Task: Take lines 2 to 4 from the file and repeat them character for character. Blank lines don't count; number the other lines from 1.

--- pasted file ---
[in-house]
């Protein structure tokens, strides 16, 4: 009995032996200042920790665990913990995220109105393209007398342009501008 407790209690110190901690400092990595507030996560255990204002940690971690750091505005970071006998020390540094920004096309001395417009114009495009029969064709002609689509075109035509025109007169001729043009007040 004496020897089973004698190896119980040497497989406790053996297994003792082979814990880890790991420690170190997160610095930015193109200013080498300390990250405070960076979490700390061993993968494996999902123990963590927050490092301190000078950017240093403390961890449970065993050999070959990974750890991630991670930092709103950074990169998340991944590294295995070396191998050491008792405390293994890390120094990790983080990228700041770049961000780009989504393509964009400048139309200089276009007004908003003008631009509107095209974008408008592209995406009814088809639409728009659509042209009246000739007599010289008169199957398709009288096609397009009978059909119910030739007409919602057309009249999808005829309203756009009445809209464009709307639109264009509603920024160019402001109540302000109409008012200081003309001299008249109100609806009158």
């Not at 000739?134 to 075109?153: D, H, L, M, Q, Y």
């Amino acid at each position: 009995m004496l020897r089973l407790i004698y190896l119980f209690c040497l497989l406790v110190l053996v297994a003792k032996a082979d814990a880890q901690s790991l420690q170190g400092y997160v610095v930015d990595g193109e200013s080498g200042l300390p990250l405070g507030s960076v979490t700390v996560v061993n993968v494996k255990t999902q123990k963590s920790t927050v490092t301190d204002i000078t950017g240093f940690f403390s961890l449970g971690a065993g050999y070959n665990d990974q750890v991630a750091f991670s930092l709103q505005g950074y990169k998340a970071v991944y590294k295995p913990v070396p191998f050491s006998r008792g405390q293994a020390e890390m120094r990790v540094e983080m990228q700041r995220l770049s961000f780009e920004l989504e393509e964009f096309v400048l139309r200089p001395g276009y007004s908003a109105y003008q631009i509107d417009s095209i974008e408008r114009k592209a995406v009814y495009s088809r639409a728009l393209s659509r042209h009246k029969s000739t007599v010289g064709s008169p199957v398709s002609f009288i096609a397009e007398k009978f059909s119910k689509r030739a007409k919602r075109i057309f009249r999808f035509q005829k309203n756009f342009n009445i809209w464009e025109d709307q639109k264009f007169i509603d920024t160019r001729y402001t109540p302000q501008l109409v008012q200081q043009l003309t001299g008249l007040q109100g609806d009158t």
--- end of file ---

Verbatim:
């Protein structure tokens, strides 16, 4: 009995032996200042920790665990913990995220109105393209007398342009501008 407790209690110190901690400092990595507030996560255990204002940690971690750091505005970071006998020390540094920004096309001395417009114009495009029969064709002609689509075109035509025109007169001729043009007040 004496020897089973004698190896119980040497497989406790053996297994003792082979814990880890790991420690170190997160610095930015193109200013080498300390990250405070960076979490700390061993993968494996999902123990963590927050490092301190000078950017240093403390961890449970065993050999070959990974750890991630991670930092709103950074990169998340991944590294295995070396191998050491008792405390293994890390120094990790983080990228700041770049961000780009989504393509964009400048139309200089276009007004908003003008631009509107095209974008408008592209995406009814088809639409728009659509042209009246000739007599010289008169199957398709009288096609397009009978059909119910030739007409919602057309009249999808005829309203756009009445809209464009709307639109264009509603920024160019402001109540302000109409008012200081003309001299008249109100609806009158």
């Not at 000739?134 to 075109?153: D, H, L, M, Q, Y």
């Amino acid at each position: 009995m004496l020897r089973l407790i004698y190896l119980f209690c040497l497989l406790v110190l053996v297994a003792k032996a082979d814990a880890q901690s790991l420690q170190g400092y997160v610095v930015d990595g193109e200013s080498g200042l300390p990250l405070g507030s960076v979490t700390v996560v061993n993968v494996k255990t999902q123990k963590s920790t927050v490092t301190d204002i000078t950017g240093f940690f403390s961890l449970g971690a065993g050999y070959n665990d990974q750890v991630a750091f991670s930092l709103q505005g950074y990169k998340a970071v991944y590294k295995p913990v070396p191998f050491s006998r008792g405390q293994a020390e890390m120094r990790v540094e983080m990228q700041r995220l770049s961000f780009e920004l989504e393509e964009f096309v400048l139309r200089p001395g276009y007004s908003a109105y003008q631009i509107d417009s095209i974008e408008r114009k592209a995406v009814y495009s088809r639409a728009l393209s659509r042209h009246k029969s000739t007599v010289g064709s008169p199957v398709s002609f009288i096609a397009e007398k009978f059909s119910k689509r030739a007409k919602r075109i057309f009249r999808f035509q005829k309203n756009f342009n009445i809209w464009e025109d709307q639109k264009f007169i509603d920024t160019r001729y402001t109540p302000q501008l109409v008012q200081q043009l003309t001299g008249l007040q109100g609806d009158t």